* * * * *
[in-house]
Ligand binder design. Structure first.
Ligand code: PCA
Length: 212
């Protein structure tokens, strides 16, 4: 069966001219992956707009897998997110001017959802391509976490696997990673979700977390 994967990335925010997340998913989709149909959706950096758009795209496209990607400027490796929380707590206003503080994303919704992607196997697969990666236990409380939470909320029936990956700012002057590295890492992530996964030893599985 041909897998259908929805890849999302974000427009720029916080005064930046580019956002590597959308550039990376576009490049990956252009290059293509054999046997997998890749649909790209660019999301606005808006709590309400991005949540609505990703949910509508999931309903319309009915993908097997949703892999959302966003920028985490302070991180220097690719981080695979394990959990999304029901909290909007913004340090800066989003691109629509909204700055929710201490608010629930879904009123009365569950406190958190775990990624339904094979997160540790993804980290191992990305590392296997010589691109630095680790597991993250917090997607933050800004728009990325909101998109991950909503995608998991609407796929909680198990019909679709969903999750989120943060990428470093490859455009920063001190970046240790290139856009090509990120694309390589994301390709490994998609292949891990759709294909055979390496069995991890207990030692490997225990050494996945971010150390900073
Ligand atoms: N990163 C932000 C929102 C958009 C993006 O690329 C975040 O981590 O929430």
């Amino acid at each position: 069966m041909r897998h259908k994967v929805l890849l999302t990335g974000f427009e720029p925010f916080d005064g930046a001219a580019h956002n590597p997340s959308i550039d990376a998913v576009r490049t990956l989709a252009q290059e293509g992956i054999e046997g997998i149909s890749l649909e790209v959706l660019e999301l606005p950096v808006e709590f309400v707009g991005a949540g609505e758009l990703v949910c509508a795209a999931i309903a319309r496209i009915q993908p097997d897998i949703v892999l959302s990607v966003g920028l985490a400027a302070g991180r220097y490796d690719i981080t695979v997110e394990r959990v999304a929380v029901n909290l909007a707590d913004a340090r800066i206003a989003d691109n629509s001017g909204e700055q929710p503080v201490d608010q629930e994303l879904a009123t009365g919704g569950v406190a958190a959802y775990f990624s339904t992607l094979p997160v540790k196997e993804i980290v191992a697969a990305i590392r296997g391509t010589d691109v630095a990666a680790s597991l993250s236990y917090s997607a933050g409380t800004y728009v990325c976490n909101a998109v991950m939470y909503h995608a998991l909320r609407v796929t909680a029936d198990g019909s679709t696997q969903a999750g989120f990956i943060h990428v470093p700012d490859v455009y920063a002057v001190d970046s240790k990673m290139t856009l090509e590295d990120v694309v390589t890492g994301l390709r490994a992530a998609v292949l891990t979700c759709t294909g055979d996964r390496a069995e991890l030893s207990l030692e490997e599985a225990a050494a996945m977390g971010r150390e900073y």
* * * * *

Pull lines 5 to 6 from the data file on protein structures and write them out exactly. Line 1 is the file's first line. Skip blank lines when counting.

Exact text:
């Protein structure tokens, strides 16, 4: 069966001219992956707009897998997110001017959802391509976490696997990673979700977390 994967990335925010997340998913989709149909959706950096758009795209496209990607400027490796929380707590206003503080994303919704992607196997697969990666236990409380939470909320029936990956700012002057590295890492992530996964030893599985 041909897998259908929805890849999302974000427009720029916080005064930046580019956002590597959308550039990376576009490049990956252009290059293509054999046997997998890749649909790209660019999301606005808006709590309400991005949540609505990703949910509508999931309903319309009915993908097997949703892999959302966003920028985490302070991180220097690719981080695979394990959990999304029901909290909007913004340090800066989003691109629509909204700055929710201490608010629930879904009123009365569950406190958190775990990624339904094979997160540790993804980290191992990305590392296997010589691109630095680790597991993250917090997607933050800004728009990325909101998109991950909503995608998991609407796929909680198990019909679709969903999750989120943060990428470093490859455009920063001190970046240790290139856009090509990120694309390589994301390709490994998609292949891990759709294909055979390496069995991890207990030692490997225990050494996945971010150390900073
Ligand atoms: N990163 C932000 C929102 C958009 C993006 O690329 C975040 O981590 O929430």